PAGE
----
However, these findings require more evidence from further investigations. Similar studies at different centers are proposed to help these patients. Moreover, similar studies are needed to investigate the effect of formula milk on blood pressure.




  • 1.

    Cha SD, Chisolm DJ, Mahan JD. Essential pediatric hypertension: Defining the educational needs of primary care pediatricians. BMC Med Educ. 2014;14:154. doi: 10.1186/1472-6920-14-154. [PubMed: 25063988]. [PubMed Central: PMC4124498].

  • 2.

    Gomes RS, Quirino IG, Pereira RM, Vitor BM, Leite AF, Oliveira EA, et al. Primary versus secondary hypertension in children followed up at an outpatient tertiary unit. Pediatr Nephrol. 2011;26(3):441-7. doi: 10.1007/s00467-010-1712-x. [PubMed: 21174218].

  • 3.

    Hansen ML, Gunn PW, Kaelber DC. Underdiagnosis of hypertension in children and adolescents. JAMA. 2007;298(8):874-9. doi: 10.1001/jama.298.8.874. [PubMed: 17712071].

  • 4.

    Yousefichaijan P, Khosrobeigi A, Soltani M, Ghandi Y, Mojtahedi F. Evaluation of blood pressure in children with idiopathic overactive bladder syndrome. Saudi J Kidney Dis Transpl. 2018;29(3):540-4. doi: 10.4103/1319-2442.235177. [PubMed: 29970729].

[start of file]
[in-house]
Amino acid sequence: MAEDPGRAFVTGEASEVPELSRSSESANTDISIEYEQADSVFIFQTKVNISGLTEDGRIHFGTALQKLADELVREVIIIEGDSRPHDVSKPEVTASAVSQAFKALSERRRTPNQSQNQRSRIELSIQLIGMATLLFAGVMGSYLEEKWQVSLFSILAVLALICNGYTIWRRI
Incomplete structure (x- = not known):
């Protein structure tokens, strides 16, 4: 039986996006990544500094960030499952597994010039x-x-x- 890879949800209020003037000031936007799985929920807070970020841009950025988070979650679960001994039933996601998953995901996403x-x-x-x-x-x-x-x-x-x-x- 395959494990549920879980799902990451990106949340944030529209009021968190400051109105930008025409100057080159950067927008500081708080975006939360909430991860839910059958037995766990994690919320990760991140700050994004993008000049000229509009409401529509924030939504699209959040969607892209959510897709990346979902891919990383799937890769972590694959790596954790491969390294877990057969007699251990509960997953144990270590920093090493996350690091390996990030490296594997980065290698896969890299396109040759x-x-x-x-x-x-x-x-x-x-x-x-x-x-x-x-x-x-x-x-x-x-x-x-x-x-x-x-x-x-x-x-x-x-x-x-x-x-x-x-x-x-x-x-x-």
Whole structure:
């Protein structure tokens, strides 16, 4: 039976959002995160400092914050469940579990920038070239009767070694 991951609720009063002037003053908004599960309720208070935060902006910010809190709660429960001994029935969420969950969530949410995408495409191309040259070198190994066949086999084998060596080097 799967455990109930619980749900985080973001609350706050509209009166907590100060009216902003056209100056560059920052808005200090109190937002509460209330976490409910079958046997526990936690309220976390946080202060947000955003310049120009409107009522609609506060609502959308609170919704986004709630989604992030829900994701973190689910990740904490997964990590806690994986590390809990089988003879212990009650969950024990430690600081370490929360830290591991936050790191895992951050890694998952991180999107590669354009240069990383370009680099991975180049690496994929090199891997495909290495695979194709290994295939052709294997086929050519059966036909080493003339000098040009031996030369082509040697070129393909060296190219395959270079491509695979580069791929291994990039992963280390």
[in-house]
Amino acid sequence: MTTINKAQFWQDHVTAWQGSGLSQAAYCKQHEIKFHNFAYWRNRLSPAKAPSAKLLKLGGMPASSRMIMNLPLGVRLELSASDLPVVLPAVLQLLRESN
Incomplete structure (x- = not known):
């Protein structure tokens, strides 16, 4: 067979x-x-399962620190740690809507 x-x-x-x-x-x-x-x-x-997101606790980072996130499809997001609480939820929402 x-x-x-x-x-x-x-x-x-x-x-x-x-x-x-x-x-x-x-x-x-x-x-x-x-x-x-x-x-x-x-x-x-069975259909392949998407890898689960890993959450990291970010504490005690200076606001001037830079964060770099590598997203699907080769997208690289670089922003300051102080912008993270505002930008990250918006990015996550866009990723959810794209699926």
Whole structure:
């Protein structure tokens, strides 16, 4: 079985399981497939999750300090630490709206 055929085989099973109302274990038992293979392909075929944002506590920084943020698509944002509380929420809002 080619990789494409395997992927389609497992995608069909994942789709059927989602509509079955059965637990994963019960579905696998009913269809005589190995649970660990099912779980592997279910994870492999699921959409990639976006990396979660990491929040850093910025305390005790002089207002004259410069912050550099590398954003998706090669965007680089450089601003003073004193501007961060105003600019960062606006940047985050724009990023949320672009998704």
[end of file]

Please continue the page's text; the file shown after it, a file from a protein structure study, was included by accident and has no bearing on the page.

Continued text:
• 5.

    Alkahtani SA. Pediatric hypertension in the eastern province of Saudi Arabia. Saudi Med J. 2015;36(6):713-9. doi: 10.15537/smj.2015.6.10479. [PubMed: 25987114]. [PubMed Central: PMC4454906].

  • 6.

    Mirmoeini Y, Yousefichaijan P, Kahbazi M, Parsa P, Khosrobeigi A. Correlation between asymptomatic persistent microscopic hematuria and reflux nephropathy. Nephro Urol Mon. 2019;In Press(In Press). doi: 10.5812/numonthly.86920.

  • 7.

    Bassareo PP, Mercuro G. Pediatric hypertension: An update on a burning problem. World J Cardiol. 2014;6(5):253-9. doi: 10.4330/wjc.v6.i5.253. [PubMed: 24944755]. [PubMed Central: PMC4062118].

  • 8.

    Madruga JG, Moraes Silva F, Scherer Adami F. Positive association between waist-to-height ratio and hypertension in adolescents. Revista Portuguesa de Cardiologia (English Edition). 2016;35(9):479-84. doi: 10.1016/j.repce.2016.03.006.

  • 9.